Two weeks notice is… T W O weeks notice, From the day you tell them to the day you are expected back to work. In your case, I would just call them two weeks prior to the date you are expected to go back to work. (on your off time, on the 28 and 28 schedule) Nothing fancy. They certainly wouldn’t do any more (an probably less) for you if the circumstances were reversed. If you are feeling bad about this, think back to when they last let someone go. Did they give the guy 2 weeks, or lay him off with NO notice? Why go overboard worrying about what they won’t do anyway?
A certain petroleum transportation company in the northeast will “terminate” you upon you giving notice. Relieved of the watch immediately and thrown off the boat ASAP. Whether or not they give you your wages due is another story, but they claim if you are planning on leaving, they don’t want you operating their equipment in the meantime less you will not give a shit. Seems to only apply to troublemakers or controversial cases but your mileage can vary…yea it may be illegal in certain states but without looking at the laws I do not know.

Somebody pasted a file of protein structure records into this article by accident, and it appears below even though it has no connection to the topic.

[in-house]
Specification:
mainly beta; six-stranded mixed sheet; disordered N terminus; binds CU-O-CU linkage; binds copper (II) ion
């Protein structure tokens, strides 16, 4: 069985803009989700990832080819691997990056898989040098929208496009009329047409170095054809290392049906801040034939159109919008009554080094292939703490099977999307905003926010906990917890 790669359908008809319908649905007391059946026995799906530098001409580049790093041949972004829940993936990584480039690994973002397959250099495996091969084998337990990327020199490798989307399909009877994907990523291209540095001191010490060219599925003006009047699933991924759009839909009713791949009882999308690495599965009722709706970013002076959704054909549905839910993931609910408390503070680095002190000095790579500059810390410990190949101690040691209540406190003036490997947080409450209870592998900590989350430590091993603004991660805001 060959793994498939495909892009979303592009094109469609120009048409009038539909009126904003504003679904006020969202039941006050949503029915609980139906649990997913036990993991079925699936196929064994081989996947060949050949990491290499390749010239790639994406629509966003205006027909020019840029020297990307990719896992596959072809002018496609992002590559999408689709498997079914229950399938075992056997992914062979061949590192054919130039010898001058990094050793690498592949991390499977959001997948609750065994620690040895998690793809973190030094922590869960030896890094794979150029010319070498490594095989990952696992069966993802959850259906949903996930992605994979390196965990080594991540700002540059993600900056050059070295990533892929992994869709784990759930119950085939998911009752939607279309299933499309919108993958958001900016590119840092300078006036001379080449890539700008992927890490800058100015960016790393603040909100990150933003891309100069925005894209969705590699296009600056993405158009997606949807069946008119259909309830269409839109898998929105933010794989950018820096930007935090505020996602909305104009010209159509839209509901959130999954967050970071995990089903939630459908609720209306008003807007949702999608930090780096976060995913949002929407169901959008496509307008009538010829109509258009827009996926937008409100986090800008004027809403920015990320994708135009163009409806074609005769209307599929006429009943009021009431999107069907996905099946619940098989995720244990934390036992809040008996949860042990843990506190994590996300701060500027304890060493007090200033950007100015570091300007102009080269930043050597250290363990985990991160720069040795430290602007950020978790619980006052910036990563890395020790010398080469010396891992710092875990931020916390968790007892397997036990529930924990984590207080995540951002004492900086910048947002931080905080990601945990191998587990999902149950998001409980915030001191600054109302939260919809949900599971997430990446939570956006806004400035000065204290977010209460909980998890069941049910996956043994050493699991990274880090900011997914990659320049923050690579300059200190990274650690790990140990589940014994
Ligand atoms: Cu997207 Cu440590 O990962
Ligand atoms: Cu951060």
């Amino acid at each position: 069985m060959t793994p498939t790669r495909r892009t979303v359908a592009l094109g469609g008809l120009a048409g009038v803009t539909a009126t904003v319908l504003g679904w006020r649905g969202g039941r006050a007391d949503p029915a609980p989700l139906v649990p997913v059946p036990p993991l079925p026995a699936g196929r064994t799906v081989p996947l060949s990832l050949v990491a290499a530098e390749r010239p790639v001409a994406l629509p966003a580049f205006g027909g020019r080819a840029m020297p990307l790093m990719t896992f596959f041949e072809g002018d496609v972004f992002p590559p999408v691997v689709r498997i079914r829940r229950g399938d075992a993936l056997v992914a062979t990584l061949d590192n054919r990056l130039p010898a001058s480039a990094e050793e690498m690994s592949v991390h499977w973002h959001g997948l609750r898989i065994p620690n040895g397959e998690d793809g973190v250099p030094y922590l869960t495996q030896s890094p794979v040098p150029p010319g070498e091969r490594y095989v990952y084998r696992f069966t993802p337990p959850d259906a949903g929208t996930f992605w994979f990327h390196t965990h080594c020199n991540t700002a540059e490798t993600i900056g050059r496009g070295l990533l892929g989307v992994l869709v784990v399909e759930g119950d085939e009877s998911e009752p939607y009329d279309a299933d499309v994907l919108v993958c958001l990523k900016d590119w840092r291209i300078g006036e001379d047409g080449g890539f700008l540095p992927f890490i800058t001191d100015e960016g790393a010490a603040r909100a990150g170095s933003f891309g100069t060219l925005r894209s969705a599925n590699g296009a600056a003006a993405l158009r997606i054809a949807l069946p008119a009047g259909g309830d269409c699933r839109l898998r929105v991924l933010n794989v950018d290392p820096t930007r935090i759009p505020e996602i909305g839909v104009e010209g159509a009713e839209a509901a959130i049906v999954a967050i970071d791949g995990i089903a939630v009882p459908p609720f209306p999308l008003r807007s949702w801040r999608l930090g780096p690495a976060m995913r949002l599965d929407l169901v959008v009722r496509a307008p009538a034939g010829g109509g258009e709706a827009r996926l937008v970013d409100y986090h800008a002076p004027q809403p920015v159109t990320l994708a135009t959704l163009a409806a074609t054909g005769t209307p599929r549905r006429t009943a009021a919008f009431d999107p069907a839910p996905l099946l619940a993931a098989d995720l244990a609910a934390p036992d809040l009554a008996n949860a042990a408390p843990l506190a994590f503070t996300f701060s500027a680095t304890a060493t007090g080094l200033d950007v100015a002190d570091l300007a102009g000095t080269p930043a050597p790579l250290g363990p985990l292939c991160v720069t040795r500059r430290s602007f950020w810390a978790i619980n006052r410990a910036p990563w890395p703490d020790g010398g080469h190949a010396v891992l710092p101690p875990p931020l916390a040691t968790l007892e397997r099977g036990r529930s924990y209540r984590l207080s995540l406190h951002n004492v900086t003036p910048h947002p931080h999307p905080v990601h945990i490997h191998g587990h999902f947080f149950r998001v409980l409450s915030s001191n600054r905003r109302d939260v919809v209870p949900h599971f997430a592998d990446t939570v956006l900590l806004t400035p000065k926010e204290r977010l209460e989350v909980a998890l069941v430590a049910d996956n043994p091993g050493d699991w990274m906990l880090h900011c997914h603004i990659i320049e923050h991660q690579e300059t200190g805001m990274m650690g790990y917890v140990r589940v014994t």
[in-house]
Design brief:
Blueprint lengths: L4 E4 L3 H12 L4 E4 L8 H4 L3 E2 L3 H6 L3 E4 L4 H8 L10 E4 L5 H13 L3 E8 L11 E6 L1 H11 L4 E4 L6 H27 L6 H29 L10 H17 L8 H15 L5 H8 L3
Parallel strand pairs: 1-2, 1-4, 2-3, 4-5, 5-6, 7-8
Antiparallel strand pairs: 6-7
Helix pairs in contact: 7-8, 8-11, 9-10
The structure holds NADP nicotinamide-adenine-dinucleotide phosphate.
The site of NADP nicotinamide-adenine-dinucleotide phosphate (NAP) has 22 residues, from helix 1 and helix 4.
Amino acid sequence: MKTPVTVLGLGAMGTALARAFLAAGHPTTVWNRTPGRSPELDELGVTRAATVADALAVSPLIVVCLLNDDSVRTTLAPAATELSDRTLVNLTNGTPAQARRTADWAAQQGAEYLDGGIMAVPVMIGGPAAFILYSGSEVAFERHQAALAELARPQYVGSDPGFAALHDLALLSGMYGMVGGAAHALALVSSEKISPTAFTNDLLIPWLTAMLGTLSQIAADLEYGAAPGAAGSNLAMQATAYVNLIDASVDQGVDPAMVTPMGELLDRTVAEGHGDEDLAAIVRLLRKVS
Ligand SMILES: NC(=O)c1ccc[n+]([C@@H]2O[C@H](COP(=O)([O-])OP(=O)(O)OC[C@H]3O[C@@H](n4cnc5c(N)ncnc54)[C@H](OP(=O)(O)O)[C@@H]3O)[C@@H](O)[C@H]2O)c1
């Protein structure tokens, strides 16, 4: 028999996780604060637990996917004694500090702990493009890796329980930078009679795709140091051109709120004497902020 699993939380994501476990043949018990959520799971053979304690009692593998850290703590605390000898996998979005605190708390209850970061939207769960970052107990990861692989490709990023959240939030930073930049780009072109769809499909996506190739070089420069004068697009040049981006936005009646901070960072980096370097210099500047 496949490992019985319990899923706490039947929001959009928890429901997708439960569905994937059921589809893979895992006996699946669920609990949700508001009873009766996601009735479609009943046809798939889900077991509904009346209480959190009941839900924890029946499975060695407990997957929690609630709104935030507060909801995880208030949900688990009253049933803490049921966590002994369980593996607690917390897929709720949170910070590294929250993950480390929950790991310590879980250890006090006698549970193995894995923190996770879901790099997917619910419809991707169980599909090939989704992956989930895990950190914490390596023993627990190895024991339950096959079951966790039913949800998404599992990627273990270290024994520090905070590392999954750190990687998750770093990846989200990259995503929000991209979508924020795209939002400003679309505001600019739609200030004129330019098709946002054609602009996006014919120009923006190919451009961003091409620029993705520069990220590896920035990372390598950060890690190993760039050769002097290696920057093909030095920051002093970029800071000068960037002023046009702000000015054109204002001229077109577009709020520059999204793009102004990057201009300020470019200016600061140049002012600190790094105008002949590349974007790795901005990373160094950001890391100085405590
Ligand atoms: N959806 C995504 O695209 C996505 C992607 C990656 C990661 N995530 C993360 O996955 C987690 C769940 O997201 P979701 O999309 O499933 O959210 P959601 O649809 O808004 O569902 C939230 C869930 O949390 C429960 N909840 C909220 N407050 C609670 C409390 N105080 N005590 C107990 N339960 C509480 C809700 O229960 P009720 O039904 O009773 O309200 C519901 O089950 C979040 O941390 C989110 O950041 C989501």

Ebb tide hit it spot on.
I’ve always left on good terms, or atleast tried to. Even shit hole outfits I gave them the benifit of doubt. It’s a small world and word travels fast if your a dirtbag or think you are better than you really are.
I’ve had them try to give me more money to stay and I’ve had them tell me to fuck off… In my experiance the mom and pops will try to keep a good employee and a big outfit don’t give a damn…
Best of luck what ever you are planning.
I have always given a two week notice only after my new employment is gauranteed, physicals passed, etc. In Louisiana it is a "Right to work " state, meaning neither party is obligated to give any notice of termination. That said, if my new company would object to me not working out a 2 week notice because they had to have me right now, I would have to reconsider going to work for them. I also tell the company exactly why I am leaving, hopefully it helps those shipmates I am leaving. They seem to be happy with my length of notice and allows me not to burn a bridge. Also, always do it in writing, email preferably. That way you have a legal record of you quitting vs. them fireing you, this can be important should they fight your unemployment if your new plans don’t go as planned.